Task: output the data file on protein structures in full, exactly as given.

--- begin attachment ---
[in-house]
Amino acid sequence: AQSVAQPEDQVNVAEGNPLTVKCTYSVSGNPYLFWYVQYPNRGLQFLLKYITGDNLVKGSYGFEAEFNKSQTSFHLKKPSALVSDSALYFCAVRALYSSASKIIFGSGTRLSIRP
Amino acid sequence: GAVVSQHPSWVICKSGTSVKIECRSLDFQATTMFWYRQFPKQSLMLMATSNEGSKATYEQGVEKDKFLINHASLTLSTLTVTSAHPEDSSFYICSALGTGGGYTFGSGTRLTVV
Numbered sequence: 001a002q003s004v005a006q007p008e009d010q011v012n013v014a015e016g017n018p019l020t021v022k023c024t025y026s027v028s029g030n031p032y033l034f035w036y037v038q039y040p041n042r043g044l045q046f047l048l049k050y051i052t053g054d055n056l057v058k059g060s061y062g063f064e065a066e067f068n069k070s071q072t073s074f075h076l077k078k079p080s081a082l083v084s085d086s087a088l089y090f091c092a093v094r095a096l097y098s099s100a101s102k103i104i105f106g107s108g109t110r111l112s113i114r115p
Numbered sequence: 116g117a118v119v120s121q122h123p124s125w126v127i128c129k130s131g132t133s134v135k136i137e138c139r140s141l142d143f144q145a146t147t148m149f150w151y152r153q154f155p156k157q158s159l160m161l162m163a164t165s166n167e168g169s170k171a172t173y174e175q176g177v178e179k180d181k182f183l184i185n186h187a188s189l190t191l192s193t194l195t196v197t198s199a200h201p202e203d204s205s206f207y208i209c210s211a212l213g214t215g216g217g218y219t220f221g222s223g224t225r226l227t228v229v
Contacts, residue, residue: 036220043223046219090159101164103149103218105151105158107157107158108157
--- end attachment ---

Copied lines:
[in-house]
Amino acid sequence: AQSVAQPEDQVNVAEGNPLTVKCTYSVSGNPYLFWYVQYPNRGLQFLLKYITGDNLVKGSYGFEAEFNKSQTSFHLKKPSALVSDSALYFCAVRALYSSASKIIFGSGTRLSIRP
Amino acid sequence: GAVVSQHPSWVICKSGTSVKIECRSLDFQATTMFWYRQFPKQSLMLMATSNEGSKATYEQGVEKDKFLINHASLTLSTLTVTSAHPEDSSFYICSALGTGGGYTFGSGTRLTVV
Numbered sequence: 001a002q003s004v005a006q007p008e009d010q011v012n013v014a015e016g017n018p019l020t021v022k023c024t025y026s027v028s029g030n031p032y033l034f035w036y037v038q039y040p041n042r043g044l045q046f047l048l049k050y051i052t053g054d055n056l057v058k059g060s061y062g063f064e065a066e067f068n069k070s071q072t073s074f075h076l077k078k079p080s081a082l083v084s085d086s087a088l089y090f091c092a093v094r095a096l097y098s099s100a101s102k103i104i105f106g107s108g109t110r111l112s113i114r115p
Numbered sequence: 116g117a118v119v120s121q122h123p124s125w126v127i128c129k130s131g132t133s134v135k136i137e138c139r140s141l142d143f144q145a146t147t148m149f150w151y152r153q154f155p156k157q158s159l160m161l162m163a164t165s166n167e168g169s170k171a172t173y174e175q176g177v178e179k180d181k182f183l184i185n186h187a188s189l190t191l192s193t194l195t196v197t198s199a200h201p202e203d204s205s206f207y208i209c210s211a212l213g214t215g216g217g218y219t220f221g222s223g224t225r226l227t228v229v
Contacts, residue, residue: 036220043223046219090159101164103149103218105151105158107157107158108157